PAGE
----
The Swedish town of Kiruna, 95 miles north of the Arctic Circle, sits atop the largest iron ore mine on the planet. The mine birthed Kiruna – And now, it threatens to erase it. A century of mining operations has begun to destabilize the earth around Kiruna. The ground is breaking, splitting into deep rifts and falling into sinkholes – Within the century, these rifts threaten to swallow the town. In response to this threat, mining firm Luossavaara-Kiirunavaara (LKAB) has proposed a direct solution: Move Kiruna three kilometers east.
Demolishing the old Kiruna and moving residents to a fresh city center uproots generations of local heritage, interrupting tight-knit neighborhoods and erasing multigenerational family stores. This relocation is a challenge of identity, one that explores the relationship between architecture and community. In 2012, LKAB and Kiruna Municipality announced a competition to design a new town hall, the first building in the relocated city center.
The Danish architectural firm Henning Larsen, together with firms Temagruppen, WSP and UiWE, won this competition against 56 international design teams. This winning concept is a tribute to Kiruna’s history and a framework for emerging communities. Named Kristallen, or “The Crystal,” the building draws physical inspiration from the angular geometry of iron minerals that are fundamental to the town’s identity.
After a two-year construction period, King Carl XVI Gustaf of Sweden officially opened Kiruna’s new town hall on November 22nd. For Henning Larsen Partner and Design Principal Louis Becker, it stands as an architectural salute to Kiruna’s heritage and a public focal point for a reestablished community.
“The Crystal serves both civic and social functions. The outer building volume contains office space for the public departments of Kiruna Municipality, but the core of the building is dedicated social space: Public exhibition halls, workshops, and meeting rooms establish a foundational commons for the new city center,” Becker says. “It is a space for longtime friends and neighbors to gather, supporting a sense of social unity during the transitory period of Kiruna’s relocation.”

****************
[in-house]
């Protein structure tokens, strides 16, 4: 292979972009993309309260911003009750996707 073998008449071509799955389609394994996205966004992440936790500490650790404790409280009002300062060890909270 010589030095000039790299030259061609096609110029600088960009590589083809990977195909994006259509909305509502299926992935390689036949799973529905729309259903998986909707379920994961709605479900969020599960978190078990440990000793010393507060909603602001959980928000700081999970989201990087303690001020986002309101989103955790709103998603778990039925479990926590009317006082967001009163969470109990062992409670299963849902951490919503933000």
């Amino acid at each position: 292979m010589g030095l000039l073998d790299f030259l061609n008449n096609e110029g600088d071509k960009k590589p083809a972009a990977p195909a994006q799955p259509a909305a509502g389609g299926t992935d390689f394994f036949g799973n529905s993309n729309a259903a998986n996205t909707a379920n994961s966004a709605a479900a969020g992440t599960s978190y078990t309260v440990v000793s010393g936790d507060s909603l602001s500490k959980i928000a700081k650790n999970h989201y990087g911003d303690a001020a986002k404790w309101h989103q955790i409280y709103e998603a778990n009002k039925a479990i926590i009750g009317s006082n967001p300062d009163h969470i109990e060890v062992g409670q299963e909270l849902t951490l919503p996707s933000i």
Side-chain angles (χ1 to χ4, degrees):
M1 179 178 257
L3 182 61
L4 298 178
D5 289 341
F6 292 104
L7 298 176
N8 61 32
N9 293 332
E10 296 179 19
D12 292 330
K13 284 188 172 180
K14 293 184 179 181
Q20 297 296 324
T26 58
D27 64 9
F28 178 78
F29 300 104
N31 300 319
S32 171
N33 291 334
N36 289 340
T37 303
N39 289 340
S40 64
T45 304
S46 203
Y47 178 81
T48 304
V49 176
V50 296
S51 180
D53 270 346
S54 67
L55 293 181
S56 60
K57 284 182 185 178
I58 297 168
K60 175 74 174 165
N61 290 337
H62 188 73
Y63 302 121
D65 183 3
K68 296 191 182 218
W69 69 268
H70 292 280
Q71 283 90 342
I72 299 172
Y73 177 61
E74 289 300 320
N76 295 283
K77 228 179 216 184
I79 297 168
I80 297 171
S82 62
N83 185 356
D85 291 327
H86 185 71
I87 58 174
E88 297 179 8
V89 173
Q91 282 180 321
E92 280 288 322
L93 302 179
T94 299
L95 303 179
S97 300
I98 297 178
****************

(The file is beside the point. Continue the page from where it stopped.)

Kiruna’s existing town hall, designed by the Swedish architect Arthur von Schmalensee, receives new life in The Crystal. Henning Larsen’s design incorporates the iconic 1958 bell tower and original door handles from the main entrance – Representing not only a visual re-imagining of Kiruna’s identity but a physical continuation of the town’s history. The building’s circular form embodies its communal focus: As the heart of the new town center, The Crystal offers universal access to the surrounding community while focusing energy and activity inward toward its social core. The town hall stands as a living room for the new Kiruna, open and accessible to all.
“Community identity often has real geographic roots,” says Henning Larsen Partner and Design Principal Louis Becker. “We knew that during Kiruna’s relocation, losing a sense of place could be a major challenge to the town’s residents. Our hope is that this town hall is not only an effective seat for the local government but a space that celebrates Kiruna’s history and establishes an enduring symbol of local identity.”
Present at the ceremony was H.M King Carl XVI Gustaf, who officially opened the new building and congratulated the city on the new building that hopefully will be of joy to all citizens and future generations in Kiruna, as he said during his speech. The Mayor of Kiruna, Kristina Zakrisson and the Swedish Minister of Culture, Alice Bah Kuhnke also took the stage.